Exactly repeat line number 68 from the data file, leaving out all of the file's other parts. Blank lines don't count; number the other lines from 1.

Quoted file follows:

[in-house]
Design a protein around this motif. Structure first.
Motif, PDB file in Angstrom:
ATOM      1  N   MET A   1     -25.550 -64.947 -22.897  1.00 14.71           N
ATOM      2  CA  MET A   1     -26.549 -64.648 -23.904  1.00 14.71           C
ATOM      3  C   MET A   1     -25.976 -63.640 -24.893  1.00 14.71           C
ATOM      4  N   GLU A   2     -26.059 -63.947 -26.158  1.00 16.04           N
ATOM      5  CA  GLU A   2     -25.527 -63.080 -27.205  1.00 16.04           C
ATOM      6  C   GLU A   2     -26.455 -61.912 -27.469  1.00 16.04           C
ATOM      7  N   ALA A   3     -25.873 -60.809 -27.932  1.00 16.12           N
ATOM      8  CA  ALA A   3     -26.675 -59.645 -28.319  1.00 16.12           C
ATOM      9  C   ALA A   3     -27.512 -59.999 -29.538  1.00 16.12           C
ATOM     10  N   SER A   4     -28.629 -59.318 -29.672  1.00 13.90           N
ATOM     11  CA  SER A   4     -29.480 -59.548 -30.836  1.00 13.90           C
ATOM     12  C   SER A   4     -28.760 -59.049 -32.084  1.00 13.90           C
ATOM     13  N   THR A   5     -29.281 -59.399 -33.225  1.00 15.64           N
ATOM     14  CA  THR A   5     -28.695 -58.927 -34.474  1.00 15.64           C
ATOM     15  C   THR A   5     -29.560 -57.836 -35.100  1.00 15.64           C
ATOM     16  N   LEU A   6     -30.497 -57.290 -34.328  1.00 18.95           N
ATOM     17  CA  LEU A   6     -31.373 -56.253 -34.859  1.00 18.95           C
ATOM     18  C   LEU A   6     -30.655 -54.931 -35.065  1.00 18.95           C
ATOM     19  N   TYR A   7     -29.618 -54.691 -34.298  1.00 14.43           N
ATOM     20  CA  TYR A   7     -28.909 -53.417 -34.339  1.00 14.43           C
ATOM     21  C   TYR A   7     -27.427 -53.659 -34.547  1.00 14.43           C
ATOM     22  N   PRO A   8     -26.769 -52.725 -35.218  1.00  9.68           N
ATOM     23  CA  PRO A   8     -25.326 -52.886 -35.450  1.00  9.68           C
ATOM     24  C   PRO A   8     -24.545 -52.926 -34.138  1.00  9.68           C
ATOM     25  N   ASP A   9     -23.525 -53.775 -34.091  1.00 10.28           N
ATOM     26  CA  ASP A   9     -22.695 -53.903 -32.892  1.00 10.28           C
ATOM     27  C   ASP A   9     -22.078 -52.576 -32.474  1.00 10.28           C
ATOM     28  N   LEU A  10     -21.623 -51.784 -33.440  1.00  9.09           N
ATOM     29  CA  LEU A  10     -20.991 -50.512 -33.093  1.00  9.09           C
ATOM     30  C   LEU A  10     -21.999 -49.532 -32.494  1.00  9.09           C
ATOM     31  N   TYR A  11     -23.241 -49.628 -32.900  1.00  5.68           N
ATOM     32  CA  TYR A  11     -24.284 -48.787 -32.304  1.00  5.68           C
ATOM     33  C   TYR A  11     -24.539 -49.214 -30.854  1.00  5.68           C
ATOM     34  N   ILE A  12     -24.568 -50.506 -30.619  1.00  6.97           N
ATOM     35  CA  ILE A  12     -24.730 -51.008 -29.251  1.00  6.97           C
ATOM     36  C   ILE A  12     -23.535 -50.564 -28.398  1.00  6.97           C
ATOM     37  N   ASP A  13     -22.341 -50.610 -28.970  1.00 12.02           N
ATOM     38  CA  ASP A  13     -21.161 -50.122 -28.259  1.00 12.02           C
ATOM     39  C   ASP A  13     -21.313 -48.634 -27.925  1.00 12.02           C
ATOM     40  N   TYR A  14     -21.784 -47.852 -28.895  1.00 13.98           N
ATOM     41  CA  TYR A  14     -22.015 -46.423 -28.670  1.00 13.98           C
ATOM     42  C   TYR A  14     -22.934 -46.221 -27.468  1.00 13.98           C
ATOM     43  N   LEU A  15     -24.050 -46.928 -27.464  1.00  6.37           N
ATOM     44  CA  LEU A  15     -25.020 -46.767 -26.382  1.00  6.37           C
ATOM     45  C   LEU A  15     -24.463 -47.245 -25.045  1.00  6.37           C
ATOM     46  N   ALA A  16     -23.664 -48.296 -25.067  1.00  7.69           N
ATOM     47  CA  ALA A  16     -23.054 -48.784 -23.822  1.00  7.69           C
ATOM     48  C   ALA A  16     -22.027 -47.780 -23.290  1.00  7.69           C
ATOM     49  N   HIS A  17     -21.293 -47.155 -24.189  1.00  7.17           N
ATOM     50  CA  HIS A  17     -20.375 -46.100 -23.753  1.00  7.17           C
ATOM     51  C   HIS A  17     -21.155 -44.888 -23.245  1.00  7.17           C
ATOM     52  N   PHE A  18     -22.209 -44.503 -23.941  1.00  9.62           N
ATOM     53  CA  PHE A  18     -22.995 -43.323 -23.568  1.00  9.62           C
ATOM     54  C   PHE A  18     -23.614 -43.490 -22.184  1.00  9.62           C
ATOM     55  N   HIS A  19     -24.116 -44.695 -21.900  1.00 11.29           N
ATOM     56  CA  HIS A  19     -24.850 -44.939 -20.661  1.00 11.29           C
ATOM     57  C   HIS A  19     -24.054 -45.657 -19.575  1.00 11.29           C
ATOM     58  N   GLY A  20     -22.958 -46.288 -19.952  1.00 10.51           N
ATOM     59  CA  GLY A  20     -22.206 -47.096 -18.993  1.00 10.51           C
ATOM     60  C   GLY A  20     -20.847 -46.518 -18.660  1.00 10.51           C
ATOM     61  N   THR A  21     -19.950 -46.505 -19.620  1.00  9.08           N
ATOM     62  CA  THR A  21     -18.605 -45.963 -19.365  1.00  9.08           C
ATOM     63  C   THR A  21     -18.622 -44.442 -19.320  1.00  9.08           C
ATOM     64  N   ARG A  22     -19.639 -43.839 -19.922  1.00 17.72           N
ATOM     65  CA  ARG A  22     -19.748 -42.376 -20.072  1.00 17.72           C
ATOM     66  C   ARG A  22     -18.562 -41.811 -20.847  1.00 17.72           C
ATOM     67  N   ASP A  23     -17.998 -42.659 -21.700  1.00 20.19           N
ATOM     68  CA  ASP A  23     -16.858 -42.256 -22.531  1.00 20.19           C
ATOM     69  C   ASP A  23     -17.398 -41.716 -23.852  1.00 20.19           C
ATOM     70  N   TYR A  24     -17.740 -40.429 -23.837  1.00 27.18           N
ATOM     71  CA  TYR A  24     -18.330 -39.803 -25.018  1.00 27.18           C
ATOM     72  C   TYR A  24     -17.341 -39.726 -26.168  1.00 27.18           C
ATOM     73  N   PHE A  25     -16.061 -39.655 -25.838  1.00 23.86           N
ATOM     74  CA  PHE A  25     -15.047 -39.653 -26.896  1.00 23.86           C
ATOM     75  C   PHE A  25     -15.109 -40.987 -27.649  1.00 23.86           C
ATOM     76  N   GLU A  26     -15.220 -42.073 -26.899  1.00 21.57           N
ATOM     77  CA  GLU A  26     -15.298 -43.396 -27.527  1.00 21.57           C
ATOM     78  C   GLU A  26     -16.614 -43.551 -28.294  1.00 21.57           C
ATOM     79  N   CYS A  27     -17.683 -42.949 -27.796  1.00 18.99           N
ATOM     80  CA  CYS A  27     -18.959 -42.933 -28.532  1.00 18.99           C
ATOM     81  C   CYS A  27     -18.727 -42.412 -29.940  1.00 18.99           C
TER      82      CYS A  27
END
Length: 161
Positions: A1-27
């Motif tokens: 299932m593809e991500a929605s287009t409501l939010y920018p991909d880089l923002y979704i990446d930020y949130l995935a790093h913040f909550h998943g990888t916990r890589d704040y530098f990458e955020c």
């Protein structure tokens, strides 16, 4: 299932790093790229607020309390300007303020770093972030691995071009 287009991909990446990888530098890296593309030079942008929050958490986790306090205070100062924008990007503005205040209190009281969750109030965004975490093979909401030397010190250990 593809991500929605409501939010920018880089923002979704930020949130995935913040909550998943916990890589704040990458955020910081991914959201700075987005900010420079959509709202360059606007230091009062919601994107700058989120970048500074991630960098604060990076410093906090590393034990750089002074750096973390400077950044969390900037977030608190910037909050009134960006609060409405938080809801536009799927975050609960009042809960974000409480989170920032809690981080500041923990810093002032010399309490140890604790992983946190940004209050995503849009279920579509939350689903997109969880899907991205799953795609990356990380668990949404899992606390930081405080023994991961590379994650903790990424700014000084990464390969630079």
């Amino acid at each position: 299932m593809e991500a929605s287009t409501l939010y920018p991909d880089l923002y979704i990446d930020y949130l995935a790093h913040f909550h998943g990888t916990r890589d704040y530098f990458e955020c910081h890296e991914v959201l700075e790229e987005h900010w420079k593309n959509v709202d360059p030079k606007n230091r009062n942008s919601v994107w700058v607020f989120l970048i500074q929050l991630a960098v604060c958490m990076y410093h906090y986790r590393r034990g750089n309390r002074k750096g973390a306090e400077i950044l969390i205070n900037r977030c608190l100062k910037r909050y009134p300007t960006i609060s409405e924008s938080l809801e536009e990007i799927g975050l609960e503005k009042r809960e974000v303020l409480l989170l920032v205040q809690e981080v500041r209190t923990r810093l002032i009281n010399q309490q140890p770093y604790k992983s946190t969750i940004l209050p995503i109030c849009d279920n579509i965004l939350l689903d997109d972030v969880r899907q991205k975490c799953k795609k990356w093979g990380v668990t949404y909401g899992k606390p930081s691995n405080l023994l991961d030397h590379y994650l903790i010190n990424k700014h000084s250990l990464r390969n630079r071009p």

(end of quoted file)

ATOM     65  CA  ARG A  22     -19.748 -42.376 -20.072  1.00 17.72           C